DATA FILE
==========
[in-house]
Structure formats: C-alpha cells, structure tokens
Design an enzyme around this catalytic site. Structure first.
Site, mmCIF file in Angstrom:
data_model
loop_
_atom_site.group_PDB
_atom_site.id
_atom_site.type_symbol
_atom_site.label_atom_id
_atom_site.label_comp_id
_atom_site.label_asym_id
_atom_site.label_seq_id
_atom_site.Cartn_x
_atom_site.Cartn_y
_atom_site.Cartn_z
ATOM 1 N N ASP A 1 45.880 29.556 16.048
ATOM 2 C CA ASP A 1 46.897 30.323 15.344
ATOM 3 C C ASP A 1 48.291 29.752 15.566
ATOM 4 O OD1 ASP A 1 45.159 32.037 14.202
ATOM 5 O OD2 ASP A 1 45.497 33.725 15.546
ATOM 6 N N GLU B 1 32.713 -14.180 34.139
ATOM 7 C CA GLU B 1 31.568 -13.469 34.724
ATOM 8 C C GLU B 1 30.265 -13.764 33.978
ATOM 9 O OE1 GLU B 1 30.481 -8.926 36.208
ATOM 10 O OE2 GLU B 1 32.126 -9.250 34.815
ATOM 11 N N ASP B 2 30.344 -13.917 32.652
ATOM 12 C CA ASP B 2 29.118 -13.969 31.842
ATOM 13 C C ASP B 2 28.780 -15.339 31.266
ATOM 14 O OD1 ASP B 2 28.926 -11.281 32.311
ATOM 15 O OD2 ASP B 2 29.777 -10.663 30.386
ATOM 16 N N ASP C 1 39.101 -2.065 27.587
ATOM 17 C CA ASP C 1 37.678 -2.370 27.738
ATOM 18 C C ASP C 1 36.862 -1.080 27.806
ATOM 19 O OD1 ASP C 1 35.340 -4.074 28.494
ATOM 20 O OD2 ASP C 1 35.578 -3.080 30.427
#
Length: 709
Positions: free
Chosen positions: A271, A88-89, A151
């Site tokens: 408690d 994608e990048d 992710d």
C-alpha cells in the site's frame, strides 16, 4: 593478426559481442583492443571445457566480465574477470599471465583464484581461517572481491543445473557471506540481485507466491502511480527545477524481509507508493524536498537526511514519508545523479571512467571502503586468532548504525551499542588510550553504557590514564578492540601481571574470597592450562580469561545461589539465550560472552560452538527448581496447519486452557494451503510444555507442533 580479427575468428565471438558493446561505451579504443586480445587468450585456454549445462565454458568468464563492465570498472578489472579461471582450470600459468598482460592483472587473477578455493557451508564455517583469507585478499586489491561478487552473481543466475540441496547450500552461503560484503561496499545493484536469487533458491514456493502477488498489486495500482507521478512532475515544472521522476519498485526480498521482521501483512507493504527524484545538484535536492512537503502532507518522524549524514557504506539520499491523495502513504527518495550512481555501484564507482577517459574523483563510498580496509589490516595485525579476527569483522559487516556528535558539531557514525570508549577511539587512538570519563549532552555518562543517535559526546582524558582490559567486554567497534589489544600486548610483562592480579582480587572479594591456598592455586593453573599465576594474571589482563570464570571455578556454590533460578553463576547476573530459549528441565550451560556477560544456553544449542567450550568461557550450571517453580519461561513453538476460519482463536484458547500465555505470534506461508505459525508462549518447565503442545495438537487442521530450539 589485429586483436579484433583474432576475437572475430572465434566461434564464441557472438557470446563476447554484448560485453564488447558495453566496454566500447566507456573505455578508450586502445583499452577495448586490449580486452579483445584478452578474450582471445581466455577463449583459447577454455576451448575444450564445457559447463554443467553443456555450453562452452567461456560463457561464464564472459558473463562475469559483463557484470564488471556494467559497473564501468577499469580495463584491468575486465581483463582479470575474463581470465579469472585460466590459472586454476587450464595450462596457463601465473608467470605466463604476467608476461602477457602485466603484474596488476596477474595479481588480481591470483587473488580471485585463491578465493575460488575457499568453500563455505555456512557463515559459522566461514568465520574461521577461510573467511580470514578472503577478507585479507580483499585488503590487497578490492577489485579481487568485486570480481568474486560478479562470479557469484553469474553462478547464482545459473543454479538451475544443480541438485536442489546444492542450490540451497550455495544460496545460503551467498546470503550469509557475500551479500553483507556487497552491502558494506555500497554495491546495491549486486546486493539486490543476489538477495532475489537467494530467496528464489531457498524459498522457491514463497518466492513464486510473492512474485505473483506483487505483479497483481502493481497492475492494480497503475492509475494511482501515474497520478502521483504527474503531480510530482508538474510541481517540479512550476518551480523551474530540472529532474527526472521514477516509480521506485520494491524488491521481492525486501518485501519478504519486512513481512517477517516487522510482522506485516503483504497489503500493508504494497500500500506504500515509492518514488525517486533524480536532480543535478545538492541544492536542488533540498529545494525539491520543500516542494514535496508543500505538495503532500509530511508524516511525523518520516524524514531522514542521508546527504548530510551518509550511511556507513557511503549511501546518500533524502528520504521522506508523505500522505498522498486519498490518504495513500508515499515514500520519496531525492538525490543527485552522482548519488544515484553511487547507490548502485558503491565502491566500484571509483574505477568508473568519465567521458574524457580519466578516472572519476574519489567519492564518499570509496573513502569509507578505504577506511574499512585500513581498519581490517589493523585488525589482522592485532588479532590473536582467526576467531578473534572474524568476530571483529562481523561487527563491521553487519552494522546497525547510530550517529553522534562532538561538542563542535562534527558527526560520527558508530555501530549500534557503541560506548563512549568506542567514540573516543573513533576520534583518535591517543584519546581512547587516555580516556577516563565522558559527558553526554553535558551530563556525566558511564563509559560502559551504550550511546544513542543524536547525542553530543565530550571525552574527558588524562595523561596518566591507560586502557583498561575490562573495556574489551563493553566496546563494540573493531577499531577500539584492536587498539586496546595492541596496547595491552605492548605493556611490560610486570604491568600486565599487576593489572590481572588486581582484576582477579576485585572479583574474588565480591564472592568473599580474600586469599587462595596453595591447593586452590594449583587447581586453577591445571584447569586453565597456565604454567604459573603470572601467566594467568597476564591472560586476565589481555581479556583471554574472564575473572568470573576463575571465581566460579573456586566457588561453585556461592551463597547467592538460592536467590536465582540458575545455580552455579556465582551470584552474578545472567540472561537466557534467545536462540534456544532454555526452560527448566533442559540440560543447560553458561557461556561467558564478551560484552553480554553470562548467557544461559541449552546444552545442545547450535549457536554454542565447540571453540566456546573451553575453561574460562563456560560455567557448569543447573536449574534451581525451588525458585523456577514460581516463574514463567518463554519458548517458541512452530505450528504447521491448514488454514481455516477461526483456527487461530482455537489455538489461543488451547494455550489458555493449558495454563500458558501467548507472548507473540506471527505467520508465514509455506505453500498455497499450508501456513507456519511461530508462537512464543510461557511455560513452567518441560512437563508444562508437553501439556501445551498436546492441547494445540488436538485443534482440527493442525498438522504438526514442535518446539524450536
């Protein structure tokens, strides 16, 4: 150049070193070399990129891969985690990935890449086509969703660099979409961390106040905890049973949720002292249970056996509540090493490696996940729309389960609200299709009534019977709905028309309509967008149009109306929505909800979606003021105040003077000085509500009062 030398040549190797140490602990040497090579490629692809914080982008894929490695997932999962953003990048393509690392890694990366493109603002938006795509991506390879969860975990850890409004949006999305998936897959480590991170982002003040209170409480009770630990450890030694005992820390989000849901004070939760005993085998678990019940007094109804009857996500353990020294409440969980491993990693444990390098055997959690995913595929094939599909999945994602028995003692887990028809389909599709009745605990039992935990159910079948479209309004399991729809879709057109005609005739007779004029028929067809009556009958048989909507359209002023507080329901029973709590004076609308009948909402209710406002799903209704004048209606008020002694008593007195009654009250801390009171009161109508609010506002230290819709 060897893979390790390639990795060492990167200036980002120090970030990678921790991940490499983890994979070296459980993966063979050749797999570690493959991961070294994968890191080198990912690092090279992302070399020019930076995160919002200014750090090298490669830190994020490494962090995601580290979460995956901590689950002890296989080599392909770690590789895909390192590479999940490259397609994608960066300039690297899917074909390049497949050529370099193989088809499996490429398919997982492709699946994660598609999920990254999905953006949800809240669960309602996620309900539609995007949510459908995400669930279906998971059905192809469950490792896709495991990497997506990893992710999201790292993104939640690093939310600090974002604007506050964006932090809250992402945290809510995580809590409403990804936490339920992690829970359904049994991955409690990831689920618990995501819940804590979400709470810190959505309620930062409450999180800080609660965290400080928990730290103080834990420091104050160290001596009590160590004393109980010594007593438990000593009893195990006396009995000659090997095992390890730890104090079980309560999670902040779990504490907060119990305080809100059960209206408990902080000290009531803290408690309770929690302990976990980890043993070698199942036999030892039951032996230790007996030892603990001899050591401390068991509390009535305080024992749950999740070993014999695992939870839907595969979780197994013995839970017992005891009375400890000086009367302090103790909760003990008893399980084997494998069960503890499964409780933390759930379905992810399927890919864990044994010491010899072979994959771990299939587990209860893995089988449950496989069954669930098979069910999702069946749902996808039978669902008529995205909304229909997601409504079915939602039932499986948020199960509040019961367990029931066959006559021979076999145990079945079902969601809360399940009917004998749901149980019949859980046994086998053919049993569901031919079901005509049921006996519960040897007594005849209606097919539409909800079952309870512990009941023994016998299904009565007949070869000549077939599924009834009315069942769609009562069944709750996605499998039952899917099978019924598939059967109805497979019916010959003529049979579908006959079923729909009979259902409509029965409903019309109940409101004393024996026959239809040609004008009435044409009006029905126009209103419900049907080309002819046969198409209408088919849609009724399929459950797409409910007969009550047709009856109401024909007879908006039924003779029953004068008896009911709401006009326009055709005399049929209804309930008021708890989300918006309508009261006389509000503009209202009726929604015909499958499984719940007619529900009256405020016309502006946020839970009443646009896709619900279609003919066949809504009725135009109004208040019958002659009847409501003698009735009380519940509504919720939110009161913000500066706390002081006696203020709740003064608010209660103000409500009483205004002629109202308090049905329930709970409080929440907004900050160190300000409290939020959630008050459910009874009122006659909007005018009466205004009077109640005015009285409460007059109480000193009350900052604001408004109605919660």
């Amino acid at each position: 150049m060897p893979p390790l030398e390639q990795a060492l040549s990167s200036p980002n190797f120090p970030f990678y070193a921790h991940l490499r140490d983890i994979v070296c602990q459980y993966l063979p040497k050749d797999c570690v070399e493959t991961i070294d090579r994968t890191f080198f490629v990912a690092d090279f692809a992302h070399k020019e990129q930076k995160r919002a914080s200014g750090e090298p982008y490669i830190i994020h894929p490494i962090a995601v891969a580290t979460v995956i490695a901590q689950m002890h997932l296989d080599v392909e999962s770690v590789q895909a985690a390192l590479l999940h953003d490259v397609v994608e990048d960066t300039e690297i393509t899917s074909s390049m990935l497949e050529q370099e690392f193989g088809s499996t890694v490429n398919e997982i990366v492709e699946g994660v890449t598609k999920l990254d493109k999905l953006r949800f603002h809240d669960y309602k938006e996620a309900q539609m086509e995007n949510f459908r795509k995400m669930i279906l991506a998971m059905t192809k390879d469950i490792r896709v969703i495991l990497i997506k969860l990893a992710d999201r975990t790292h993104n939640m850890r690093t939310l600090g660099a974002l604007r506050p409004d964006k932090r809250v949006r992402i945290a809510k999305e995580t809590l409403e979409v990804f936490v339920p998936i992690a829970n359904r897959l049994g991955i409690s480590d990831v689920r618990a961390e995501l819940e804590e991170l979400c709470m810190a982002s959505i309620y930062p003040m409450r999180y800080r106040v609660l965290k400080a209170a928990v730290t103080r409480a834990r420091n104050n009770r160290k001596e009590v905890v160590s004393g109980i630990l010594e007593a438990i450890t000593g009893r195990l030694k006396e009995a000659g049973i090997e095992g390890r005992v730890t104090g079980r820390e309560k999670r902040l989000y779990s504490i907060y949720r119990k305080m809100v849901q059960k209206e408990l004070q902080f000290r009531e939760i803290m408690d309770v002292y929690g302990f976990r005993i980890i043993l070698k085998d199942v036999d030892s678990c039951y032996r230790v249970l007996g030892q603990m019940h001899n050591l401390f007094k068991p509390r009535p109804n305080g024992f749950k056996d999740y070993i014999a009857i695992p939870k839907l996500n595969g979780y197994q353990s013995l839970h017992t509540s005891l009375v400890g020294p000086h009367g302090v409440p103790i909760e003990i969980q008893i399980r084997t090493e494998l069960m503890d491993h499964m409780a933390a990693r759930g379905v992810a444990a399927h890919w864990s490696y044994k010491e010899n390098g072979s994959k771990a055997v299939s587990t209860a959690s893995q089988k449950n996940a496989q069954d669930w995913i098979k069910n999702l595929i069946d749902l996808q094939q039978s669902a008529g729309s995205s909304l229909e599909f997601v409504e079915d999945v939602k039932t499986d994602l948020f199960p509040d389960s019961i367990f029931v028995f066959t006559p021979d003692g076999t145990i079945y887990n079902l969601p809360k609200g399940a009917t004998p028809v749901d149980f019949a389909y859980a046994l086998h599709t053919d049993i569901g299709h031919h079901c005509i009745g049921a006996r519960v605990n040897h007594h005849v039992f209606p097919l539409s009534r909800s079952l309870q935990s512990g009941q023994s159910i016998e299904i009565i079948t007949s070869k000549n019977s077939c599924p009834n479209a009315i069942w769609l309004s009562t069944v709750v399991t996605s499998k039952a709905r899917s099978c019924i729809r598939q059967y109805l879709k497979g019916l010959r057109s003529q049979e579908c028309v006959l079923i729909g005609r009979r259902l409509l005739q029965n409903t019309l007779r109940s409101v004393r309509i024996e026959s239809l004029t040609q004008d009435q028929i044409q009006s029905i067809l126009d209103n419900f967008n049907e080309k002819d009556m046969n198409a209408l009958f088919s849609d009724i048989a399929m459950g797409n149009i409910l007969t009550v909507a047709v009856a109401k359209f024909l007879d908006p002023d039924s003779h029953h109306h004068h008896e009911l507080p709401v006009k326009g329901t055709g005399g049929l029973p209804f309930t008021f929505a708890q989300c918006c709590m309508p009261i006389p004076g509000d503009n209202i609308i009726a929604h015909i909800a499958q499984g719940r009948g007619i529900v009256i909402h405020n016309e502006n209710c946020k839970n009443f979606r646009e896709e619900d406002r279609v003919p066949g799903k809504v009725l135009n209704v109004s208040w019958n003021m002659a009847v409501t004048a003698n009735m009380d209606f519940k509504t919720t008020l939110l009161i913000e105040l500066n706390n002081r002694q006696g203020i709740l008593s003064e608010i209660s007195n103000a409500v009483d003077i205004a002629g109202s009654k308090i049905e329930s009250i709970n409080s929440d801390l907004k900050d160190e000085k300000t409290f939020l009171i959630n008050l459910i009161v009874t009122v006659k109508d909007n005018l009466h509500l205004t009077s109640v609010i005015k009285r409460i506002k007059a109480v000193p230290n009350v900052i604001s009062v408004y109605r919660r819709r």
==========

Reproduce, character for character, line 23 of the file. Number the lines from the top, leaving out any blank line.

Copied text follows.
ATOM 7 C CA GLU B 1 31.568 -13.469 34.724